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Jussi Nuorteva

Jussi Pekka Nuorteva
Born 22 July, 1954, Helsinki.

Master of Theology (Finnish and Scandinavian Church History) 1979, Master of Philosophy (Finnish and Scandinavian Church History) 1983, Licentiate of Philosophy 1986 and Doctor of Theology (Finnish and Scandinavian Church History) 1997, University of Helsinki
Docent, Church History and History of Science, University of Helsinki 1998

Director General of Archives, National Archivist 2003-

Secretary General, Finnish Literary Society, 2000–2003
Secretary General, Research Council for Culture and Society, Academy of Finland, 1998–2000
Science journalist, Finnish  Broadcasting Company, 1994–1998
Editor-in-chief, University of Helsinki Library’s National Bibliography of Finland 1991–1993
Assistant, Church History, University of Helsinki, 1989–1994 (leave of absence 1991–1993)
Research Assistant, Academy of Finland 1984–1989
Project Researcher, Academy of Finland 1879–1984

Research interests: Church history and history of science, history of early manuscripts, university 'practice masters', prison systems, history of administration, diplomatic history, states of emergency

Written by Jussi Nuorteva and Riitta-Ilona Hurmerinta (ed.)
Translated by John Calton

The Middle East and the Finnish Institute

My first encounter with the Middle East was in the early autumn of 1974, when I began my studies at the University of Haifa. I had no great ambitions for my studies. Life in the Middle East was, on the other hand, all too real with the sound of sporadic grenades exploding in the direction of Lebanon and the Golan Heights and Israeli Skyhawk and Phantom fighter planes flitting above the surface of the Mediterranean. We followed all this from the terrace of the University cafeteria.

I also recall Finnish Independence Day, December 6th, 1974, and the terrorist attack on the Rosh Hanikra kibbutz bordering on Lebanon. I had left the Warsaw ghetto museum located on the kibbutz around noon, taking the bus back to Haifa and when I arrived I was told about a blast that had injured two people.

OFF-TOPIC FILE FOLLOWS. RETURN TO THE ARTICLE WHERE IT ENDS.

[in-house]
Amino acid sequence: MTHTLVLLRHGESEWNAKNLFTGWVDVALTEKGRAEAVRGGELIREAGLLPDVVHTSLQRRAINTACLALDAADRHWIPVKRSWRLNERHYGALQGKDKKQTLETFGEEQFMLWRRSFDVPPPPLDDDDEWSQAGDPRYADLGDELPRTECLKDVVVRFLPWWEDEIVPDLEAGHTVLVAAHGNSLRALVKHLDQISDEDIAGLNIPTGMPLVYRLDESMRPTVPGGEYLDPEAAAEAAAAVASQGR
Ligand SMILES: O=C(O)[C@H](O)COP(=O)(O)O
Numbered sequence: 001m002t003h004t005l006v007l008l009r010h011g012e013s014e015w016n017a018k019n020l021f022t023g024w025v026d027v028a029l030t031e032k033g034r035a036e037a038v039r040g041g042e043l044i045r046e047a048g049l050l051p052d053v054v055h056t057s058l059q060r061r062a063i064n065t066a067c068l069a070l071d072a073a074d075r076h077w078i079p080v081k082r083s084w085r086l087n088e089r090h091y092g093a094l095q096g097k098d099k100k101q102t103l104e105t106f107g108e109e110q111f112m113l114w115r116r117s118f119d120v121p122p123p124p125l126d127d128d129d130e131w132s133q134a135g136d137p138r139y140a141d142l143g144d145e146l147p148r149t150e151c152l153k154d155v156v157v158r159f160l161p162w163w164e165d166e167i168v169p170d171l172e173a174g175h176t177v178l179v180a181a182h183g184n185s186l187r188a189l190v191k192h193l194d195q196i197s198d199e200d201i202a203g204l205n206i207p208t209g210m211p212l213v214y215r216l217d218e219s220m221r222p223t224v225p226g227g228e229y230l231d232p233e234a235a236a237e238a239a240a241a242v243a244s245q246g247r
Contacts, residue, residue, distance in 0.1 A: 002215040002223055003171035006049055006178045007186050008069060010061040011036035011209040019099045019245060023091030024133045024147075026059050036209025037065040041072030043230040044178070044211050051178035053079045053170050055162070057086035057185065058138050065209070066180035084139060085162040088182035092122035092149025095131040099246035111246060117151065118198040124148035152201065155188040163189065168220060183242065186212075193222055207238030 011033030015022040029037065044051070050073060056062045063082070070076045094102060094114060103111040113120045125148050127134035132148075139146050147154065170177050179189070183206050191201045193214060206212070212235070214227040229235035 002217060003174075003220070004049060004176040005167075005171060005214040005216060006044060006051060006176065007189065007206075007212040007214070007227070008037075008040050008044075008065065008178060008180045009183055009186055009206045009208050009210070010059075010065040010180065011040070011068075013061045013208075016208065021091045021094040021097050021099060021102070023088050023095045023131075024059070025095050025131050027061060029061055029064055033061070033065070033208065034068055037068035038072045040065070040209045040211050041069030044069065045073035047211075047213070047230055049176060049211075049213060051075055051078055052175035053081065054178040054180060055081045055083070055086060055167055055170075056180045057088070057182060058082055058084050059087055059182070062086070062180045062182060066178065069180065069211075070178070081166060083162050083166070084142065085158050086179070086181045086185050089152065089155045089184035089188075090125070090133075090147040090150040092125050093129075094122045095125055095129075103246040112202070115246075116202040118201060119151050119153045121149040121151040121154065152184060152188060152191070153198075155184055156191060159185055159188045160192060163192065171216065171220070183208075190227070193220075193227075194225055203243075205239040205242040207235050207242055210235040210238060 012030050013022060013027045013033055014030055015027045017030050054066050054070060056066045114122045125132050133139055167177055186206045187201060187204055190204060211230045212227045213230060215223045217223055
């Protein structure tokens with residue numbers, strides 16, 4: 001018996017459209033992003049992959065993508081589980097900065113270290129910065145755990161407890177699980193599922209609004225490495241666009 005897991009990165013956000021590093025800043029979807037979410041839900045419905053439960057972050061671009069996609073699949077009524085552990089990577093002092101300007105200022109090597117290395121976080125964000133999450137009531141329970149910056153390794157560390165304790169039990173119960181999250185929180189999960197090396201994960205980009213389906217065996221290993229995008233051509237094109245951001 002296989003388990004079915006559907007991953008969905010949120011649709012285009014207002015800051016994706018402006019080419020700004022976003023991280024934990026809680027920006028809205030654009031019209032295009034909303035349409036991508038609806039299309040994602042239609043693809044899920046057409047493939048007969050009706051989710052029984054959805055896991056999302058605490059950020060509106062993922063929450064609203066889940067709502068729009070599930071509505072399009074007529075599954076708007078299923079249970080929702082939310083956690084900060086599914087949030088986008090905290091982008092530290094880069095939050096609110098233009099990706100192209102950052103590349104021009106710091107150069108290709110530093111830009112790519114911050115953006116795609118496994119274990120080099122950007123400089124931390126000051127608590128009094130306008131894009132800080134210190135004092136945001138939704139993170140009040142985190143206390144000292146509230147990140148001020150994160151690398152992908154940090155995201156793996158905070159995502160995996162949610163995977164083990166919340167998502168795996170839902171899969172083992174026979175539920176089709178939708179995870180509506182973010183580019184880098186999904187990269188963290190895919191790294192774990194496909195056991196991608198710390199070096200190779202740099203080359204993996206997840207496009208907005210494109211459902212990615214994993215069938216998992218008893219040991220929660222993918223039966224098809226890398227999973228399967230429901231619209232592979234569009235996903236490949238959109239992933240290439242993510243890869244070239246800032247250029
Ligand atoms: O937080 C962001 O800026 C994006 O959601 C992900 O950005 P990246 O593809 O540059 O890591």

Nor can I forget a fellow student and friend, who had been injured in the Yom Kippur war the previous year, as half his skullcap had been blown away by an exploding grenade. We went to visit him in the military hospital at Acre. This world was a far cry from back home in Finland. But you got used to it.


I have made a dozen or so trips to the Middle East and the Islamic world. I was present at the inauguration of the Finnish Institute in the Middle East in 1994. Some twenty or so years later I served on the foundation board, first as member, then vice-chair and chair. My biggest source of pride was the patrician house in the ancient city of Damascus; we acquired it with funding from the Alfred Kordelin Foundation and it was refurbished with monies from the Finnish Cultural Foundation. It soon became a popular venue among researchers and students, with the accommodation booked well ahead. But things in the Middle East changed rapidly. The high hopes of the ‘Arab Spring’ ripped apart the delicate balance in Syria, paving the way for the current civil war.

The Finnish Institute is now closed down. Whether it will ever open again remains to be seen. War has been a reality for the four decades in which the Middle East has been a part of my life and work. Hannu Juusola and Ari Kerkkänen, directors of the Institute in recent years, have been in the public eye more than any other Finnish researchers. And yet having achieved the degree of local expertise that these two have done can still, in a way, be seen as a credit to the Institute.



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